Diabetes, a chronic metabolic disorder, is characterized by elevated blood sugar levels resulting from the body’s inability to produce sufficient insulin or use it effectively. As of the last assessment, its global prevalence has been alarmingly on the rise. Factors such as sedentary lifestyles, unhealthy dietary patterns, and an aging population contribute to its increased incidence. The World Health Organization has flagged it as a major health concern due to the severe complications it can trigger, ranging from erectile dysfunction, cardiovascular diseases to renal failures and vision impairment. This disease not only poses a threat to individual health but also imposes a significant economic burden on healthcare systems worldwide. Thus, understanding and addressing its spread is imperative for safeguarding global health and ensuring the well-being of future generations. In this article let us discuss Ayurvedic Treatments for Diabetes.
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Panchakarma Treatment for Diabetes
Panchakarma, stemming from the ancient Indian medical system of Ayurveda, is a detoxification and rejuvenation procedure aimed at purifying the body, enhancing digestion, and re-establishing equilibrium. When it comes to diabetes, Panchakarma offers a comprehensive therapeutic approach that addresses the root causes of the disorder by balancing the body’s energies or doshas.
Panchakarma consists of five main treatments, hence the name ‘Pancha’ (five) and ‘Karma’ (action). Here’s how each of these treatments can be beneficial for diabetes:
1. Vamana (Emesis Therapy):
This involves inducing vomiting after consuming a specific medicinal drink. It’s particularly effective for those with diabetes where an imbalance of the Kapha dosha (linked with mucus and phlegm) is predominant. Vamana helps in expelling excess mucus from the body, improving metabolic functions.
2. Virechana (Purgation):
Administered for those with Pitta (fire and water) imbalance, this process involves the intake of herbal laxatives. It aids in cleansing the small intestine and liver, promoting insulin regulation.
3. Basti (Enema Therapy):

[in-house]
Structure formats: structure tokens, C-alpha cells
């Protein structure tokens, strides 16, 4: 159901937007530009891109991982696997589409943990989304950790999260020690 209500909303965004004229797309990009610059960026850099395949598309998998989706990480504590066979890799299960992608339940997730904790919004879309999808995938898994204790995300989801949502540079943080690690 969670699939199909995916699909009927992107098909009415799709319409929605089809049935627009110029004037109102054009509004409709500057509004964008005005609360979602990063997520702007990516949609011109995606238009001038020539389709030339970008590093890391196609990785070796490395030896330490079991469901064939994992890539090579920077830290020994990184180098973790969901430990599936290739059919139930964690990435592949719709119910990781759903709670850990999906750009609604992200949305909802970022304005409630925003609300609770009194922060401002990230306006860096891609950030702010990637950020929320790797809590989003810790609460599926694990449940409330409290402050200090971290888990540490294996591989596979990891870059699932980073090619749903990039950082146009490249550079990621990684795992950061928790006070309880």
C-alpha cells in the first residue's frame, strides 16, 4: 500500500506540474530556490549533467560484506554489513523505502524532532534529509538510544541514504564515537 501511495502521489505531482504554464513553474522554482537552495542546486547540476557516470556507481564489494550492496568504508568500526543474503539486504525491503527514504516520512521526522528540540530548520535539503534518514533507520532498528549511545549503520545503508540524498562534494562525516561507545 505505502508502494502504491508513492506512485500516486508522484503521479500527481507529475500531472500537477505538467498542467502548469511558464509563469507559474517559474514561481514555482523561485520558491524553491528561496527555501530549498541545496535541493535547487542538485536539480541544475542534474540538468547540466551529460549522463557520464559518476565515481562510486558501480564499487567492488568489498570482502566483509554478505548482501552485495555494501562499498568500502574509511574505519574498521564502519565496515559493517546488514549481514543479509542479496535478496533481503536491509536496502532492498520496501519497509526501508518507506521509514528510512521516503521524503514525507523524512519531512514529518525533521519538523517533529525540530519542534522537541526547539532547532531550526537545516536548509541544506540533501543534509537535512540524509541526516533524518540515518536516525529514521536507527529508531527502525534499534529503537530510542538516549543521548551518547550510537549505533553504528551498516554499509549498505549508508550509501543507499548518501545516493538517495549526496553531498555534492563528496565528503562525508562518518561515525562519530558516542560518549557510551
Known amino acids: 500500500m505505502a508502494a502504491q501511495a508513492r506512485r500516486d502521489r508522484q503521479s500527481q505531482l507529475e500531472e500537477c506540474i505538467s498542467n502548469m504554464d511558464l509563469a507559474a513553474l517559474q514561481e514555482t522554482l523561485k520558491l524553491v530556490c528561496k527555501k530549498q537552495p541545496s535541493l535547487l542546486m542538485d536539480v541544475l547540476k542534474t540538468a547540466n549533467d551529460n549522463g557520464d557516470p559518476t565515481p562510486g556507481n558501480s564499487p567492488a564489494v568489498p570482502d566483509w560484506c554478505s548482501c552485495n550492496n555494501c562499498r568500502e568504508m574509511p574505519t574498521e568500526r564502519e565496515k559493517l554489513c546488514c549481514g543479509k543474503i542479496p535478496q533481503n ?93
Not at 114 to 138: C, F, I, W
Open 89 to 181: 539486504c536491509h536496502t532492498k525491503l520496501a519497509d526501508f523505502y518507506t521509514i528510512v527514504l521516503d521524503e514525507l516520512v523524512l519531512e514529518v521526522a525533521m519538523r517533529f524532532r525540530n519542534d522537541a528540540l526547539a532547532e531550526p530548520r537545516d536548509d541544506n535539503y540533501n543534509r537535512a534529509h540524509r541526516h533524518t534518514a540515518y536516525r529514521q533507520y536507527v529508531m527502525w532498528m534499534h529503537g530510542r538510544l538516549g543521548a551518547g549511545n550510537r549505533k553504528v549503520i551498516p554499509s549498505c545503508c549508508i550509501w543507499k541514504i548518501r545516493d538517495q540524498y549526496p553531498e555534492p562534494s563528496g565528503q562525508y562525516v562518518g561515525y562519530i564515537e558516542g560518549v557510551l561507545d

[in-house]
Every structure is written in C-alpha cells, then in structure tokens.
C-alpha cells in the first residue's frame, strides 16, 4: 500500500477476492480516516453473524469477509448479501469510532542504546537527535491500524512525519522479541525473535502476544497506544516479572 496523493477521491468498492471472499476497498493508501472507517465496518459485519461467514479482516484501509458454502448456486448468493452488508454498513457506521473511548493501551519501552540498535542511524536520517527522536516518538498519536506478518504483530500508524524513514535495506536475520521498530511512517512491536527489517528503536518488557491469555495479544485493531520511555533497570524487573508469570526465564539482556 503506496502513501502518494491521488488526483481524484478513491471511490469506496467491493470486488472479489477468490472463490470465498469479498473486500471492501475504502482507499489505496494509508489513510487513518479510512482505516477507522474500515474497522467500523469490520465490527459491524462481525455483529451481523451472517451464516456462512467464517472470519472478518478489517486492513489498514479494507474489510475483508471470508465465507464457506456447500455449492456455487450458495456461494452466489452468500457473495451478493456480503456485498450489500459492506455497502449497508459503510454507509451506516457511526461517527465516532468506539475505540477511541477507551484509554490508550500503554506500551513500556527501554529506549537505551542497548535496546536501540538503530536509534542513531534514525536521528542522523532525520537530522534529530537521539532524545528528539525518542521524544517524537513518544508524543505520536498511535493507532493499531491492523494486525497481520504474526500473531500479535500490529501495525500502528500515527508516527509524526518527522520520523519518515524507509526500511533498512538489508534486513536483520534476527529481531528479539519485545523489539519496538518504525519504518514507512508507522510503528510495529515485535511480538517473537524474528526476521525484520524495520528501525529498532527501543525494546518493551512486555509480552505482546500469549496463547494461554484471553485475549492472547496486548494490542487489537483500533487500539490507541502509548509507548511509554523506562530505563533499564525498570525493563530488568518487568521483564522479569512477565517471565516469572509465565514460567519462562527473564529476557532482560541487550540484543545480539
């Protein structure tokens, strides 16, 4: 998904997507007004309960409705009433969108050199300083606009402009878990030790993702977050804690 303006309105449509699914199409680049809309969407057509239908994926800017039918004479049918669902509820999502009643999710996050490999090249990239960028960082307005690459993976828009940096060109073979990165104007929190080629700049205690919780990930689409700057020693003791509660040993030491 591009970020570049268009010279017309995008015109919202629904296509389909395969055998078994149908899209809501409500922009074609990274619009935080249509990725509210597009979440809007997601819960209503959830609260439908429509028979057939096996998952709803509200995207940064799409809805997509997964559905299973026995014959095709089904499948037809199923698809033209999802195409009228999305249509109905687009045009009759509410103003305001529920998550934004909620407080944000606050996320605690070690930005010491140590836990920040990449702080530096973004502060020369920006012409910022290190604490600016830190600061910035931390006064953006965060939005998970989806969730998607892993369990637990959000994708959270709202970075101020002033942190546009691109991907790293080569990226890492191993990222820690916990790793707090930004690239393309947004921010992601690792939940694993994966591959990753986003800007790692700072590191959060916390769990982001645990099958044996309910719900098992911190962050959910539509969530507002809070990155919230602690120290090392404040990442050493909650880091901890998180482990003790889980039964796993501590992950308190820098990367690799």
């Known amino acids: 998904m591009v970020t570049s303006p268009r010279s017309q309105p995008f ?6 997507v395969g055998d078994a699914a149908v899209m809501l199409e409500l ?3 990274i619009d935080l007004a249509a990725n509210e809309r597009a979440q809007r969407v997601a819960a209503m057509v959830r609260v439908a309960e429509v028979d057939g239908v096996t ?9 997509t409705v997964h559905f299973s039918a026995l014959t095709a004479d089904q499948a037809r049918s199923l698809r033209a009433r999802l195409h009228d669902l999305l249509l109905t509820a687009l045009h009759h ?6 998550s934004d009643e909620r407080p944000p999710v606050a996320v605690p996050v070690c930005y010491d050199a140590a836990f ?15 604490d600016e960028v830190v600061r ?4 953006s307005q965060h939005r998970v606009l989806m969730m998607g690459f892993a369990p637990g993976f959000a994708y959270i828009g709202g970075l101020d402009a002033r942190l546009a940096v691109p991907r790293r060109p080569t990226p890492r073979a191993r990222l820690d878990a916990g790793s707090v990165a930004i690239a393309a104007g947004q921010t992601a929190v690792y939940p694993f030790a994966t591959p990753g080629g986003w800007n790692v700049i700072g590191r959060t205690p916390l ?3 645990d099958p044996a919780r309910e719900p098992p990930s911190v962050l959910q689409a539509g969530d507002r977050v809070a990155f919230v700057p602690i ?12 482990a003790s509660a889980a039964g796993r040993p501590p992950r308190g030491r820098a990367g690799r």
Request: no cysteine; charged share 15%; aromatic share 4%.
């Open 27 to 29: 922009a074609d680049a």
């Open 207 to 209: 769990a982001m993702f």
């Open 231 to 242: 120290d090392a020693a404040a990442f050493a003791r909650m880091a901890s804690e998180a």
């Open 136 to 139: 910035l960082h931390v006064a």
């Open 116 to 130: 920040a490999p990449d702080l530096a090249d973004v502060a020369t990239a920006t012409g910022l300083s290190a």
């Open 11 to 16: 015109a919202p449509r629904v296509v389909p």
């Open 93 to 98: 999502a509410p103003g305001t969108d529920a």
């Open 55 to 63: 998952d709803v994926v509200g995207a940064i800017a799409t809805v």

This is considered the most effective treatment in Panchakarma for diabetes, especially when Vata dosha (linked with air and space elements) is disturbed. Medicated oils or herbal concoctions are introduced rectally, helping in balancing the Vata dosha. It also rejuvenates the pancreas, enhancing insulin secretion.
4. Nasya (Nasal Instillation):
A process where medicated oils or powders are administered through the nostrils. This is beneficial in clearing up channels, improving breathing, and indirectly assisting metabolic processes.
Alongside these primary treatments, Panchakarma incorporates secondary practices such as Abhyanga (therapeutic oil massage), Swedana (herbal steam bath), and other therapies to amplify its effectiveness. For individuals with diabetes, undergoing Panchakarma can lead to improved glucose metabolism, enhanced insulin sensitivity, and overall better health. However, it’s crucial to consult with an experienced Ayurvedic practitioner before commencing Panchakarma, as the treatments should be tailored according to the individual’s constitution, current health condition, and the type and stage of diabetes.
Ayurvedic Medicine for Diabetes.
Ayurveda, employs a myriad of herbs to manage and mitigate various ailments. Among the vast pharmacopeia, certain herbs stand out for their effectiveness in balancing blood sugar levels and supporting metabolic processes. Here are five such vital Ayurvedic herbs that have garnered attention for their efficacy against diabetes:
Bitter Melon (Momordica Charantia) or Karvellaka
Often referred to as Karela in India, bitter melon is a green, cucumber-shaped fruit with a rough texture and bitter taste. This is known as karavellaka in ayurveda. Bitter melon contains bioactive compounds like charantin, vicine, and polypeptide-p, all of which have shown to have hypoglycemic effects. These components either enhance insulin secretion or direct glucose metabolism, thus aiding in lowering blood sugar levels. According to principles of ayurveda its bitter property (tikta rasa) and Tissue drying properties ( ruksha guna), help to balance kapha dosha.